If you read my column last month, titled “Fundamentalist Christianity And Fundamentalist Wokeism Are Two Sides Of The Same Coin,” and took a gander at the comments, you might know that I managed to touch a nerve with more than a few folks I’m guessing might possibly be of the fundamentalist Christian persuasion, or somewhere thereabouts. I think feedback is important and I always appreciate it when people make comments on my columns, good or bad. Though there’s not always time to read them all, I do try to make extra effort when something is more controversial than normal. This one? To say it was “more controversial than normal” is a gross understatement, apparently. I mean wow, those comments - most of which were negative - were like a train wreck that’s impossible to look away from. Just bruuutal!
Don’t get me wrong, I’ve got alligator skin. It’s not that I have a problem with people disagreeing with me and even passionately hating every word I write. As is doubtless the case with most conservative writers here at Townhall and elsewhere, liberal tears fuel me. However, looking at comments helps me make sure I’m doing two fundamental things with what I put out there. First, if I’ve written something inaccurate or interpreted something incorrectly, I want to know about it as soon as possible and get it fixed. Nobody’s perfect, especially me! Second, I want to know that people are, by and large, interpreting my words in the way I’m trying to make them come across. Anyone who has written regularly for any sort of publication will agree that words aren’t quite as easy to come by as they may seem to the average reader, and I’m certainly not immune to communicating badly.
On the communication front, sadly, I seem to have dropped the ball on this one. I’m not big on apologies in general for obvious reasons, but I will say this: If you read that column and felt like I was personally attacking Christians of any theological persuasion, I’m truly sorry. I consider myself a Christian, and many if not most of the dearest people in my life are Christians, some even still self-identified fundamentalist ones (though some commenters are right when they say the brand I grew up in is almost nonexistent now in America). I meant for the focus to be on legalism itself, from both sides, not Christians who feel convicted to voluntarily subject themselves to aspects of it. I do, however, stand by my general point, which is that I believe it’s ultimately counterproductive for any ideology to insist that people abide by absurd, legalistic dictates.
As several commenters pointed out, one key difference between fundamentalist legalistic Christians and fundamentalist legalistic wokes is the fact that the wokes insist that EVERYONE obey their stupid rules and will seek to somehow punish those who do not. While some Christians certainly make moral judgments on people who don’t choose to believe or live as they do, they generally aren’t out there trying to force their conscience on others by imposing ‘punishments’ like job loss and social ostracization. In that sense as in many others, wokism, while it pretends to be based on goodness and decency, is evil to the core. I thought I had made this clear, but I could have done a better job.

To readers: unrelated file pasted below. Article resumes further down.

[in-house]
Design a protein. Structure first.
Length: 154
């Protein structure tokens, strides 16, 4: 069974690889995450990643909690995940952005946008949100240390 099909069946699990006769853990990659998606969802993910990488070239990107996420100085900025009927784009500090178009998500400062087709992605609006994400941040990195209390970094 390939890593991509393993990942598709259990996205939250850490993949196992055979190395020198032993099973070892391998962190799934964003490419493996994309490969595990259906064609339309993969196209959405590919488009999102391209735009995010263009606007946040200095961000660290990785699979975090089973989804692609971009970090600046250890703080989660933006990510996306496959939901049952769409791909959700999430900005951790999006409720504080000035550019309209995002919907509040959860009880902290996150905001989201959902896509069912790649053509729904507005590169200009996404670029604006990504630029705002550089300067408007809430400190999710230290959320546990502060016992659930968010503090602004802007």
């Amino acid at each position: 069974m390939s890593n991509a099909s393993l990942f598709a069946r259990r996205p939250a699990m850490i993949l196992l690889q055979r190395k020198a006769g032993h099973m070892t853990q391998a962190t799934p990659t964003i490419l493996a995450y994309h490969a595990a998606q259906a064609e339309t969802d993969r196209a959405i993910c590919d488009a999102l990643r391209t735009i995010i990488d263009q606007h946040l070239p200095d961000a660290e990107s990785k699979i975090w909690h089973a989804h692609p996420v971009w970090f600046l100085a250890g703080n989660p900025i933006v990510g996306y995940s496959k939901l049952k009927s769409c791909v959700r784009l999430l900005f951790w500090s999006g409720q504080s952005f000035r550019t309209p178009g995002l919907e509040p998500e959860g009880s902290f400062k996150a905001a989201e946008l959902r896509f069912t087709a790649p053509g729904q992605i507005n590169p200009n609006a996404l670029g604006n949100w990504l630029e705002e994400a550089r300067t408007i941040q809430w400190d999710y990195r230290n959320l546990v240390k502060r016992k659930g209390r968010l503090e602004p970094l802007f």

There’s also another key difference. Other than the what I and probably most people would consider dumb rules some sects of Christianity have (these will differ depending on which you’re dealing with, obviously), the overarching teachings of the Christian faith, if practiced, will make anyone a better person. This is classic love vs hate, good vs evil type stuff, and regardless of your faith or theology within that faith, it’s hard to argue against the fact that generally avoiding debauchery will mean a higher overall quality of life. The Ten Commandments and the teachings of Christ are universal principles that made the Western world the beacon of civilization it became, but I still maintain that the sort of man-made rules I mocked last week have zero bearing on whether someone is right with God or even a ‘good’ Christian.
On the other hand, while wokism pretends to have pure goals at its core, like an unrealizable utopia and never EVER offending ANYBODY who isn’t a white male heterosexual Christian, or something, not only are these goals patently UNpure, they are DIRECTLY tied to the twisted system of rules they’ve developed and continue to evolve and which MUST be followed or else their twisted ideology falls apart in light of the day-to-day realities of real people living real lives. That’s why the left is so hellbent on making EVERYONE follow their absurd dictates. If the world just stopped paying attention to them - Atlas Shrugged-style - life for everyone wouldn’t just go on, it would get better. And they can’t have that.
Indeed, rules that are burdensome and seemingly arbitrary, even when imposed in service of a higher purpose, can work against that stated purpose. The fundamentalist Christians of old, the ones I remember who railed against devil music and dance floors and didn’t go to Hollywood movies, have been in the process of dying out for decades expressly BECAUSE of those rules. I predict that wokism will die out too, eventually, as more and more people wise up to the fact that their rules exist not to make us better, but to control us and, most of all, to control our thoughts. The only question is how long their reign will last.